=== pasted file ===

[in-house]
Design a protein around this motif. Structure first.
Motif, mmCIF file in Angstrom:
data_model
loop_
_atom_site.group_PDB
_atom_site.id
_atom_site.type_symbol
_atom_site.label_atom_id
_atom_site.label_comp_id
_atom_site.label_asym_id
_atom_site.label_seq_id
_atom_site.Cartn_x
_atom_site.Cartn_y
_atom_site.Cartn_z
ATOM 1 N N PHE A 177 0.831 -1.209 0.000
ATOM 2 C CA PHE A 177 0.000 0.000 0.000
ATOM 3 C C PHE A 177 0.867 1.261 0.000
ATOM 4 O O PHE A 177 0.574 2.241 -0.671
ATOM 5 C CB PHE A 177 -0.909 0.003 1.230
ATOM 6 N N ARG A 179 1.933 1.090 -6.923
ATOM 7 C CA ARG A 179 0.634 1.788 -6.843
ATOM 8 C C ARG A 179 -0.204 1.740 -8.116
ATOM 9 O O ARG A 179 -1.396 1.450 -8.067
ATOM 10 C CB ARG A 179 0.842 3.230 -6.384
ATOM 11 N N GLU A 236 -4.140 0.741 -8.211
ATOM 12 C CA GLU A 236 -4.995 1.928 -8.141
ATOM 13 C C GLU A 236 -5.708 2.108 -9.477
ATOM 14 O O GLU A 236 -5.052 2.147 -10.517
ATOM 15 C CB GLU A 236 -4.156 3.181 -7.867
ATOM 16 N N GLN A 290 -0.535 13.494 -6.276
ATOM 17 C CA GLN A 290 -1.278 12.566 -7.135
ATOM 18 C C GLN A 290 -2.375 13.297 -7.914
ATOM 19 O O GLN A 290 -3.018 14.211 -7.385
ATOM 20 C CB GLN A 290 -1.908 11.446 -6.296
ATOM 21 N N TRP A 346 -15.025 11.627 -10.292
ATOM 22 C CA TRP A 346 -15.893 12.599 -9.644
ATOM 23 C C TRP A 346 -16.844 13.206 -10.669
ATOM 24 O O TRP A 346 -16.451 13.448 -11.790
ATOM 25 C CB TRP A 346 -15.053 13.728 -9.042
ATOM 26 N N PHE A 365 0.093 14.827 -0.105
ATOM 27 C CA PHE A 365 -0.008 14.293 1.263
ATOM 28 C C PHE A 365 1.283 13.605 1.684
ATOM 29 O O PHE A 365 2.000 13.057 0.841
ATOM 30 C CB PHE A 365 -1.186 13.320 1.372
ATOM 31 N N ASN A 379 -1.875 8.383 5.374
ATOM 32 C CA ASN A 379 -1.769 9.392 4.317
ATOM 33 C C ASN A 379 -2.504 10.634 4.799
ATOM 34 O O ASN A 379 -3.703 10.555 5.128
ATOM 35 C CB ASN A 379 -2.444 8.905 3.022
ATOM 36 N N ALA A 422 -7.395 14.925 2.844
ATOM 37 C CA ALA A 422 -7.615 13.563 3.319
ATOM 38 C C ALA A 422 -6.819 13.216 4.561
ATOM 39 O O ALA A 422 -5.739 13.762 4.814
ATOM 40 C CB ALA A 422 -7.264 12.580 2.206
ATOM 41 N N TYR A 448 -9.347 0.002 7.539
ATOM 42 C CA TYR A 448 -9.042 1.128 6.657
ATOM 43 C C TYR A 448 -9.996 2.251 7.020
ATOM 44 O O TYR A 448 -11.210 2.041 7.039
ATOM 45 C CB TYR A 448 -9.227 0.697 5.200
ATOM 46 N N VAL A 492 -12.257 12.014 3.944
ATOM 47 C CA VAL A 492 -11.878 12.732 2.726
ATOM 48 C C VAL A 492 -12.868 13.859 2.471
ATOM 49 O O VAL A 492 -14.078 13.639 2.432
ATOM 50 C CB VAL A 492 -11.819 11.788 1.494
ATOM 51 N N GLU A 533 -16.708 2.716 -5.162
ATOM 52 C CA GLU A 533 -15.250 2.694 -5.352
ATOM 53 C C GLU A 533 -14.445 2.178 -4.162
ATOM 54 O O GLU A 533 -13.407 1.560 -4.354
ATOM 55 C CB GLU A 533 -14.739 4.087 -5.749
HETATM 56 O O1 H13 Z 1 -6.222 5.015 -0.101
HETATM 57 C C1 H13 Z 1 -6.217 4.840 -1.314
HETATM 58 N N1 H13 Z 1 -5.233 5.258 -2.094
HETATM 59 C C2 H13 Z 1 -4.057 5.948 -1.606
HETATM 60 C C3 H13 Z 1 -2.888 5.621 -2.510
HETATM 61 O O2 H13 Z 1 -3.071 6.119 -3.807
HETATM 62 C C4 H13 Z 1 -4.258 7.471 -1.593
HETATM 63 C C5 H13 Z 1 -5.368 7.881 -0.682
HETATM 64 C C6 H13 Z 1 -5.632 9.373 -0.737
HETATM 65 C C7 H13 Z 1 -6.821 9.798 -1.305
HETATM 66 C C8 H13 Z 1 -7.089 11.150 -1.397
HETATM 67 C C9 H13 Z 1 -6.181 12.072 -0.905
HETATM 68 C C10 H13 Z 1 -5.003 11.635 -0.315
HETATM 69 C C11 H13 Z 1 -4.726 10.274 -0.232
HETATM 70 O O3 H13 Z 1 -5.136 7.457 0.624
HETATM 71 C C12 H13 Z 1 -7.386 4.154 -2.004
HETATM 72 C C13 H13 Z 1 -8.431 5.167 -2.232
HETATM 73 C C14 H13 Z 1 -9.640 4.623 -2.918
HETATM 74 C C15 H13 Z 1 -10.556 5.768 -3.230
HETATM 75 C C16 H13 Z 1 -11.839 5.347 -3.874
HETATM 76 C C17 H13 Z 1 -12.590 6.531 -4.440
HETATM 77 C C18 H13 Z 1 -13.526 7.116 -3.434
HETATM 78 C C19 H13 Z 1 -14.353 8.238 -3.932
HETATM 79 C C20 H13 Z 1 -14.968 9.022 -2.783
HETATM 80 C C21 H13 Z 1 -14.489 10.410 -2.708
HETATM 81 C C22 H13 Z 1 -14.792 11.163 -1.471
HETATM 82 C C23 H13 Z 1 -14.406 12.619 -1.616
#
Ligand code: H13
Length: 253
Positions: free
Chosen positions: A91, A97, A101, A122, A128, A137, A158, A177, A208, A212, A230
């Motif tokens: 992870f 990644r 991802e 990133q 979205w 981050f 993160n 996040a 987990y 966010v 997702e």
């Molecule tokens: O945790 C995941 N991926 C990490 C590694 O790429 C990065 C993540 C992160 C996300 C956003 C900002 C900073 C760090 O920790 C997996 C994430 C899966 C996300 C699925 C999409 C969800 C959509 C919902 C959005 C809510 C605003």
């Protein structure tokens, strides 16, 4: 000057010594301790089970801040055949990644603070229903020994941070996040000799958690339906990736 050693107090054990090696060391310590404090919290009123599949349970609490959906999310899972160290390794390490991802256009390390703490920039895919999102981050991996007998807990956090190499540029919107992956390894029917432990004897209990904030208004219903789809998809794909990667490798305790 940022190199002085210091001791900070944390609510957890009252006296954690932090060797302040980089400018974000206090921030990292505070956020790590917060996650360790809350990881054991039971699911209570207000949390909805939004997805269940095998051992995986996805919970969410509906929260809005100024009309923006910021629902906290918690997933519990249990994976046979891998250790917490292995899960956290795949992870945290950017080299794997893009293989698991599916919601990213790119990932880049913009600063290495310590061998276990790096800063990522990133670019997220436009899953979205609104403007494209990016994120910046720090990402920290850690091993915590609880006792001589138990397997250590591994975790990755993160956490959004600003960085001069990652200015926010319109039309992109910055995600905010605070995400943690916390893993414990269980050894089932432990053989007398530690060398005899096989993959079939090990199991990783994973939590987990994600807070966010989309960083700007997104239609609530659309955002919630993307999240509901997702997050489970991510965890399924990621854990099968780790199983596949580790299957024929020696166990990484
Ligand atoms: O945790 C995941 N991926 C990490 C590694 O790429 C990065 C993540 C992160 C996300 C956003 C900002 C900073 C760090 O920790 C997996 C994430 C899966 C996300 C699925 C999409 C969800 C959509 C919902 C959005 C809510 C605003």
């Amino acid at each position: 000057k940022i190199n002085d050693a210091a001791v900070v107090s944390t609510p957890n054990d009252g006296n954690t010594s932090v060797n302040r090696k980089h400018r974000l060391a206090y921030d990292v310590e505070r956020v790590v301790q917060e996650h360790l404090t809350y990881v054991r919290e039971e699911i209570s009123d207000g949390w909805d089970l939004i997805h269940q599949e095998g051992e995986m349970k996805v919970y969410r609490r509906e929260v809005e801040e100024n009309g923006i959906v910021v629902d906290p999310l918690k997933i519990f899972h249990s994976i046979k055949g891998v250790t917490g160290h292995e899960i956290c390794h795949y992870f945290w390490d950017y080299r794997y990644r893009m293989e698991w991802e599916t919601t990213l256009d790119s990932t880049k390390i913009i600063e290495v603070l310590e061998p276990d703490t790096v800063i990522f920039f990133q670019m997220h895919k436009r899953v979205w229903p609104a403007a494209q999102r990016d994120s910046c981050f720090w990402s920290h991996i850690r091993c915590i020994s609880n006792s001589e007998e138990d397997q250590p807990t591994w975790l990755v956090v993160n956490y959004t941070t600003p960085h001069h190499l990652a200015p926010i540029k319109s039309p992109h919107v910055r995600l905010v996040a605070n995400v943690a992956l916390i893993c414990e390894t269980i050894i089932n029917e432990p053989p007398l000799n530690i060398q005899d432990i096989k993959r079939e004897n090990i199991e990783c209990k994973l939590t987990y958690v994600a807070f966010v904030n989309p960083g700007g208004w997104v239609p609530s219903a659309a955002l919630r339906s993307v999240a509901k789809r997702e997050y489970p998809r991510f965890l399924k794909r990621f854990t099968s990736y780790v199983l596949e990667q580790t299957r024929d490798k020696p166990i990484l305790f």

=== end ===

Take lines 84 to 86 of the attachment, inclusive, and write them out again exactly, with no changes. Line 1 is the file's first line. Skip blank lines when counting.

HETATM 69 C C11 H13 Z 1 -4.726 10.274 -0.232
HETATM 70 O O3 H13 Z 1 -5.136 7.457 0.624
HETATM 71 C C12 H13 Z 1 -7.386 4.154 -2.004